The Estate responded with expert testimony of its own showing that in 1986 some companies did not inquire about an applicant's prior drug use at the application stage and that other companies at that time did not inquire about an applicant's prior drug use at the medical examination stage of the application process. The Estate did not offer any testimony showing that a company existed at that time which would not have inquired about an applicant's prior drug use at some stage in the process. Moreover, the Estate did not offer any testimony tending to show that even if an applicant did admit to being a cocaine user, a company existed in 1986 which would have issued a jumbo policy to that applicant. The District Court thus concluded that the Estate had failed to rebut the defendants' showing that as a cocaine user Bias would have been unable to obtain a jumbo policy. The District Court recognized that Bias might have been able to obtain a policy by lying about his prior drug use, but rightly concluded that such a knowing and material misrepresentation in response to a direct question would have rendered void any policy which Bias thereby obtained. See D.C.Code Ann. Sec. 35-414 (1988).

21

We agree with the District Court. The defendants offered evidence that every insurance company inquires about the prior drug use of an applicant for a jumbo policy at some point in the application process. The Estate's evidence that some insurance companies existed in 1986 which did not inquire about prior drug use at certain particular stages in the application process does not undermine the defendant's claim that at some point in the process every insurance company did inquire about drug use, particularly where a jumbo policy was involved. The Estate failed to name a single particular company or provide other evidence that a single company existed which would have issued a jumbo policy in 1986 without inquiring about the applicant's drug use. Because the Estate has failed to do more than show that there is "some metaphysical doubt as to the material facts," Matsushita Elec., 475 U.S. at 586, 106 S.Ct. at 1356, the District Court properly concluded that there was no genuine issue of material fact as to the insurability of a drug user.

IV. THE REEBOK CONTRACT

22

We find no merit in the Estate's claim based on the Reebok contract negotiations. Neither the language of the representation agreement between Bias and Advantage nor any other evidence could support a finding that the defendants breached any duty to Bias by failing to push to obtain a signed contract on June 18, 1986.

23

Even if the defendants were under some duty to try to sign a contract for Bias as quickly as possible, the Estate has offered no evidence to rebut the defendants' showing that the contract could not possibly have been signed prior to Bias's death, irrespective of the defendants' actions. The defendants offered testimony from Reebok officials that the language of any agreement between Reebok and Bias would have had to be reviewed by the Reebok legal department before Reebok would have signed the agreement. J.A. 144. The Estate did not counter the defendants' evidence that an endorsement contract cannot be negotiated, drafted, and signed in a single day. In fact, the Estate's own expert testified that a contract between Bias and Reebok could not feasibly have been signed on June 18, 1986. J.A. 125. The Estate must do more than merely argue that the feasibility of obtaining a signed endorsement contract in a single day is a question for the jury; it must offer some basis for its claim that a jury could reasonably conclude that the contract could have been drafted and signed on June 18. Because the Estate failed to do this, we affirm the District Court's award of summary judgment to the defendants on this claim.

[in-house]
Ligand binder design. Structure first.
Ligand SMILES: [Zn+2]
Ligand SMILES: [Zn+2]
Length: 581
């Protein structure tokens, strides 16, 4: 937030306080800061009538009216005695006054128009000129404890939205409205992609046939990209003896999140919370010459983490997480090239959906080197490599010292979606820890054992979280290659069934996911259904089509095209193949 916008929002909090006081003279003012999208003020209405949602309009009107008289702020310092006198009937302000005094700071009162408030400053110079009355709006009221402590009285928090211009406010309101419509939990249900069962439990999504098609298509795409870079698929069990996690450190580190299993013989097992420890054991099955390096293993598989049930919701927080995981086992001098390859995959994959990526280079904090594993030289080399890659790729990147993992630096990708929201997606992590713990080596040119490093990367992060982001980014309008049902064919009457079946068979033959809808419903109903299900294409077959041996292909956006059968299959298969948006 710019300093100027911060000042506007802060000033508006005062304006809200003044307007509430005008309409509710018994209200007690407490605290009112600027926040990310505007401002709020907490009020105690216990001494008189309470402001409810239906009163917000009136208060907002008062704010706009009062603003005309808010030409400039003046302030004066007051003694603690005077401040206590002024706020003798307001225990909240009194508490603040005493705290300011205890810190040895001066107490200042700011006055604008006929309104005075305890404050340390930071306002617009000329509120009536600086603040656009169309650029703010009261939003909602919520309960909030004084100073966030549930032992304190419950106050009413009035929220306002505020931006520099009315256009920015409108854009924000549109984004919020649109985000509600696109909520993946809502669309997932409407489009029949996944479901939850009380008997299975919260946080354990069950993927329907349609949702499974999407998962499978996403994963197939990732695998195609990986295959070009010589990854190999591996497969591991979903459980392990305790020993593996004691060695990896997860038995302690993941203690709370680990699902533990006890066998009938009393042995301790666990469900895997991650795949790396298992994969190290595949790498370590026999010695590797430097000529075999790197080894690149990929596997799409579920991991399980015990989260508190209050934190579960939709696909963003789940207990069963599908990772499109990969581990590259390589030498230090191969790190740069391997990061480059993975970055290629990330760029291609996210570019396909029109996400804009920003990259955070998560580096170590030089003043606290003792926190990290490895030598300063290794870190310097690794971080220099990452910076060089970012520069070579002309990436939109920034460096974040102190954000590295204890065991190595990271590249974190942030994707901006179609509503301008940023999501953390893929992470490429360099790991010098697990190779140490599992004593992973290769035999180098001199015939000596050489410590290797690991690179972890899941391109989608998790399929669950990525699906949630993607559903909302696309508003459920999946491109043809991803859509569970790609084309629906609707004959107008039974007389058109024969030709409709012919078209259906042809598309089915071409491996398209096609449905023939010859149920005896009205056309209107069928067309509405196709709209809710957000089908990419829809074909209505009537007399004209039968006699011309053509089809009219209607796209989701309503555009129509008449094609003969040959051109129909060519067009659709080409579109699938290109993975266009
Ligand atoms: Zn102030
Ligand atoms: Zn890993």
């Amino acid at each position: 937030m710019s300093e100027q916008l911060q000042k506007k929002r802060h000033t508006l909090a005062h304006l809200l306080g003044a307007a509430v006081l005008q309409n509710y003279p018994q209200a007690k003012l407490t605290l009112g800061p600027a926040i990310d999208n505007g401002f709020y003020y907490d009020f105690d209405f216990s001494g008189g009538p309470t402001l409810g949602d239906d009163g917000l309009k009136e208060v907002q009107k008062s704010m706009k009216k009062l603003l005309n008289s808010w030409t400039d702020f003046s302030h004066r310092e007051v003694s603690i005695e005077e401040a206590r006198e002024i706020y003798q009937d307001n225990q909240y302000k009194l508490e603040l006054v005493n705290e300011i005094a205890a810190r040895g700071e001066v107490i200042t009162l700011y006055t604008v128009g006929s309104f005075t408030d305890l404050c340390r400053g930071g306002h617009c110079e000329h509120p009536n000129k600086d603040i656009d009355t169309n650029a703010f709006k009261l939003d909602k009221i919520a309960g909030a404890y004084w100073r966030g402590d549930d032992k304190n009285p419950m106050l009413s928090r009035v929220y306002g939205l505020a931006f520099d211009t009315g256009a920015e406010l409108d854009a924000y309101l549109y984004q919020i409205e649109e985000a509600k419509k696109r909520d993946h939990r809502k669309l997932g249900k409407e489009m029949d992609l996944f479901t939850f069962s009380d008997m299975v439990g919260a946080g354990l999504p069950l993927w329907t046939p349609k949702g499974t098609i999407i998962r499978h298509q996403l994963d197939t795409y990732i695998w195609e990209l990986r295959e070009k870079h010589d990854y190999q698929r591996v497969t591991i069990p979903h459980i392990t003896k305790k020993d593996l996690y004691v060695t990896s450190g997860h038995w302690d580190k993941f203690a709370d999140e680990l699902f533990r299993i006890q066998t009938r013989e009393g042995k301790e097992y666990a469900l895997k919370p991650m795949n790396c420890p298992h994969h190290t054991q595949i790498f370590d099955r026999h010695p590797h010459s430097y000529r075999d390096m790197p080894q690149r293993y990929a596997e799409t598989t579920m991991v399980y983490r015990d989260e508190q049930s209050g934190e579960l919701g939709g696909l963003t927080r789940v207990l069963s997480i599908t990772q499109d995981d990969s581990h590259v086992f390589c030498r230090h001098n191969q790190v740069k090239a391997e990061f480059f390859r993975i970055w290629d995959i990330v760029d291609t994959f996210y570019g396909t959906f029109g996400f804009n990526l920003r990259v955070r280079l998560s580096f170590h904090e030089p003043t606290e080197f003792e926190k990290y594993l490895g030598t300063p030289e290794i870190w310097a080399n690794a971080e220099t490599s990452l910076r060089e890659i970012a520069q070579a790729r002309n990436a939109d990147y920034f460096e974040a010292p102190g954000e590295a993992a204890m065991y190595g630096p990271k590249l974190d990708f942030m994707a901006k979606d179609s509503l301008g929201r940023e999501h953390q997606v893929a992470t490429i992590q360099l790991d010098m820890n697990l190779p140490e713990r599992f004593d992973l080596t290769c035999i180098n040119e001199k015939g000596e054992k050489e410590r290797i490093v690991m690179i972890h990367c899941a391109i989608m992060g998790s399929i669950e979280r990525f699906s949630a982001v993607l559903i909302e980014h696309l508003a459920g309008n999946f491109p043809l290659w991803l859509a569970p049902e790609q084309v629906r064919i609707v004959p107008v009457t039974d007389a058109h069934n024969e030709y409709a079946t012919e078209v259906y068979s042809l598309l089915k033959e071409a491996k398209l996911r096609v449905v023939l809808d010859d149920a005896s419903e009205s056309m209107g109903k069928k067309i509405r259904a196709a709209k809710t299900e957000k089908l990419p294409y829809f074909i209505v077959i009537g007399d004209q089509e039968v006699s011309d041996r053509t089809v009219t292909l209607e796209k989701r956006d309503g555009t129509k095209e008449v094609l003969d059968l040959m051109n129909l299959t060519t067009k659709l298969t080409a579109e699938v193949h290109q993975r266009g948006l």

V. CONCLUSION

24

In order to withstand a summary judgment motion once the moving party has made a prima facie showing to support its claims, the nonmoving party must come forward with specific facts showing that there is a genuine issue for trial. Fed.R.Civ.P. 56(e). The Estate has failed to come forward with such facts in this case, relying instead on bare arguments and allegations or on evidence which does not actually create a genuine issue for trial. For this reason, we affirm the District Court's award of summary judgment to the defendants in this case.3

1

The Estate also sued Fidelity Security Life Insurance Company and Reebok International, Ltd. The District Court awarded summary judgment to Fidelity and Reebok and the Estate does not appeal the District Court's orders with respect to those two defendants

2

The District Court also concluded that, in any event, Fentress could not be held individually liable because all of his activities on behalf of Bias were performed in his official capacity as an officer or agent of Advantage. We need not address this aspect of the District Court's order because we affirm the District Court's award of summary judgment to both defendants for the reasons discussed in this opinion

3

The defendants represent that they will not press their appeal of the District Court's award of summary judgment to the Estate on the defendants' counterclaims if this Court affirms the District Court's summary judgment to the defendants on the Estate's claims. Because we do affirm the District Court's order with respect to the Estate's claims, we need not address the District Court's order with respect to the defendants' counterclaims